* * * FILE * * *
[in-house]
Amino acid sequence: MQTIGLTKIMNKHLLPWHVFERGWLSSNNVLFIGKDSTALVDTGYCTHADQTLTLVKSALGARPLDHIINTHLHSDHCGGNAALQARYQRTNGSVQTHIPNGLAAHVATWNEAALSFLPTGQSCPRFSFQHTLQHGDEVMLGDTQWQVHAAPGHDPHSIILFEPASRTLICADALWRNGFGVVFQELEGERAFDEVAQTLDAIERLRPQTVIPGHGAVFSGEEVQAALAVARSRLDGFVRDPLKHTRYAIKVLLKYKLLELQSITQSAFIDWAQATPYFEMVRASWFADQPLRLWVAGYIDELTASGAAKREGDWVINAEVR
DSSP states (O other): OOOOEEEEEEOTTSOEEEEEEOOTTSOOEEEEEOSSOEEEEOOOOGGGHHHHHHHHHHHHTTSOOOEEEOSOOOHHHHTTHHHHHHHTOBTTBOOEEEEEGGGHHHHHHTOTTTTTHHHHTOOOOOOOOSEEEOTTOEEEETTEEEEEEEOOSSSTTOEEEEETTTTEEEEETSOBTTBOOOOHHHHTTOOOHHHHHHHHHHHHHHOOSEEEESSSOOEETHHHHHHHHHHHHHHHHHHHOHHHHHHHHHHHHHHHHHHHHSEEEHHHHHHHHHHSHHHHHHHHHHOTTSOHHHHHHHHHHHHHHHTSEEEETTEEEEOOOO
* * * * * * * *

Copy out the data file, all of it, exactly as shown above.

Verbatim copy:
[in-house]
Amino acid sequence: MQTIGLTKIMNKHLLPWHVFERGWLSSNNVLFIGKDSTALVDTGYCTHADQTLTLVKSALGARPLDHIINTHLHSDHCGGNAALQARYQRTNGSVQTHIPNGLAAHVATWNEAALSFLPTGQSCPRFSFQHTLQHGDEVMLGDTQWQVHAAPGHDPHSIILFEPASRTLICADALWRNGFGVVFQELEGERAFDEVAQTLDAIERLRPQTVIPGHGAVFSGEEVQAALAVARSRLDGFVRDPLKHTRYAIKVLLKYKLLELQSITQSAFIDWAQATPYFEMVRASWFADQPLRLWVAGYIDELTASGAAKREGDWVINAEVR
DSSP states (O other): OOOOEEEEEEOTTSOEEEEEEOOTTSOOEEEEEOSSOEEEEOOOOGGGHHHHHHHHHHHHTTSOOOEEEOSOOOHHHHTTHHHHHHHTOBTTBOOEEEEEGGGHHHHHHTOTTTTTHHHHTOOOOOOOOSEEEOTTOEEEETTEEEEEEEOOSSSTTOEEEEETTTTEEEEETSOBTTBOOOOHHHHTTOOOHHHHHHHHHHHHHHOOSEEEESSSOOEETHHHHHHHHHHHHHHHHHHHOHHHHHHHHHHHHHHHHHHHHSEEEHHHHHHHHHHSHHHHHHHHHHOTTSOHHHHHHHHHHHHHHHTSEEEETTEEEEOOOO